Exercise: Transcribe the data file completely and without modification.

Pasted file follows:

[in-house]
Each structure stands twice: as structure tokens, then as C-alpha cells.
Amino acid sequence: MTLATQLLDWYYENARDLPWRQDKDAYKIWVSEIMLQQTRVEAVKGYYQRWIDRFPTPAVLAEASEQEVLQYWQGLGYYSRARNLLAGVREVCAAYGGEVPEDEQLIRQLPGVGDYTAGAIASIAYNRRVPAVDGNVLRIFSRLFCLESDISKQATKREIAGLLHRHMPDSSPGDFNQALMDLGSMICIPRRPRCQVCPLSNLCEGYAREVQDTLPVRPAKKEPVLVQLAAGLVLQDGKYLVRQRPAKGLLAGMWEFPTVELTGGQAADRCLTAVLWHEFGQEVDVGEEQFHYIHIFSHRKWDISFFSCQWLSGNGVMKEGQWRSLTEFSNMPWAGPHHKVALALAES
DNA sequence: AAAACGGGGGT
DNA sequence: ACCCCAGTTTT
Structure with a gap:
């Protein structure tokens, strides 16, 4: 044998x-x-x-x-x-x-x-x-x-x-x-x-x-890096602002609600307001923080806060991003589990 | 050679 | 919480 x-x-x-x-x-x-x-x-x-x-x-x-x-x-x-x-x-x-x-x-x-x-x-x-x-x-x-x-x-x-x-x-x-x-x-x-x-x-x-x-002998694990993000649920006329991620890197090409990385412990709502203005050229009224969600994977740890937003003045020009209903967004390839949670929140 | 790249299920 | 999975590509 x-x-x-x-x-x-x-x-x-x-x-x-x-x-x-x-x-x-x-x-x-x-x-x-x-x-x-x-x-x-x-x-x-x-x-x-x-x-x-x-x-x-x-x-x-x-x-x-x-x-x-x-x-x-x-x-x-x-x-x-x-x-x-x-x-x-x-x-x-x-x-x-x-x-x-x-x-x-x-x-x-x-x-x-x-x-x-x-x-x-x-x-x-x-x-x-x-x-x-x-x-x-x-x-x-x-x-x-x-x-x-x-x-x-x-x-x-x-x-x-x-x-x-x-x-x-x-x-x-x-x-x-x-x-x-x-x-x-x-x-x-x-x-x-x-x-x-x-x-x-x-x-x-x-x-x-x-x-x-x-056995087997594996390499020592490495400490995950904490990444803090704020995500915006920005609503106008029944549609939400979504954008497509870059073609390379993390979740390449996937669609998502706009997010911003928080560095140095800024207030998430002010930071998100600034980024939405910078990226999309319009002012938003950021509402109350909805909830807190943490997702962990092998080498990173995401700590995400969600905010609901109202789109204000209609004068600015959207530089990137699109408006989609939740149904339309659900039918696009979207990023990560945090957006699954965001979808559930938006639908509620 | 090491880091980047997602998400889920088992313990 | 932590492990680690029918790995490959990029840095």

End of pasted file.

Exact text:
[in-house]
Each structure stands twice: as structure tokens, then as C-alpha cells.
Amino acid sequence: MTLATQLLDWYYENARDLPWRQDKDAYKIWVSEIMLQQTRVEAVKGYYQRWIDRFPTPAVLAEASEQEVLQYWQGLGYYSRARNLLAGVREVCAAYGGEVPEDEQLIRQLPGVGDYTAGAIASIAYNRRVPAVDGNVLRIFSRLFCLESDISKQATKREIAGLLHRHMPDSSPGDFNQALMDLGSMICIPRRPRCQVCPLSNLCEGYAREVQDTLPVRPAKKEPVLVQLAAGLVLQDGKYLVRQRPAKGLLAGMWEFPTVELTGGQAADRCLTAVLWHEFGQEVDVGEEQFHYIHIFSHRKWDISFFSCQWLSGNGVMKEGQWRSLTEFSNMPWAGPHHKVALALAES
DNA sequence: AAAACGGGGGT
DNA sequence: ACCCCAGTTTT
Structure with a gap:
């Protein structure tokens, strides 16, 4: 044998x-x-x-x-x-x-x-x-x-x-x-x-x-890096602002609600307001923080806060991003589990 | 050679 | 919480 x-x-x-x-x-x-x-x-x-x-x-x-x-x-x-x-x-x-x-x-x-x-x-x-x-x-x-x-x-x-x-x-x-x-x-x-x-x-x-x-002998694990993000649920006329991620890197090409990385412990709502203005050229009224969600994977740890937003003045020009209903967004390839949670929140 | 790249299920 | 999975590509 x-x-x-x-x-x-x-x-x-x-x-x-x-x-x-x-x-x-x-x-x-x-x-x-x-x-x-x-x-x-x-x-x-x-x-x-x-x-x-x-x-x-x-x-x-x-x-x-x-x-x-x-x-x-x-x-x-x-x-x-x-x-x-x-x-x-x-x-x-x-x-x-x-x-x-x-x-x-x-x-x-x-x-x-x-x-x-x-x-x-x-x-x-x-x-x-x-x-x-x-x-x-x-x-x-x-x-x-x-x-x-x-x-x-x-x-x-x-x-x-x-x-x-x-x-x-x-x-x-x-x-x-x-x-x-x-x-x-x-x-x-x-x-x-x-x-x-x-x-x-x-x-x-x-x-x-x-x-x-x-056995087997594996390499020592490495400490995950904490990444803090704020995500915006920005609503106008029944549609939400979504954008497509870059073609390379993390979740390449996937669609998502706009997010911003928080560095140095800024207030998430002010930071998100600034980024939405910078990226999309319009002012938003950021509402109350909805909830807190943490997702962990092998080498990173995401700590995400969600905010609901109202789109204000209609004068600015959207530089990137699109408006989609939740149904339309659900039918696009979207990023990560945090957006699954965001979808559930938006639908509620 | 090491880091980047997602998400889920088992313990 | 932590492990680690029918790995490959990029840095």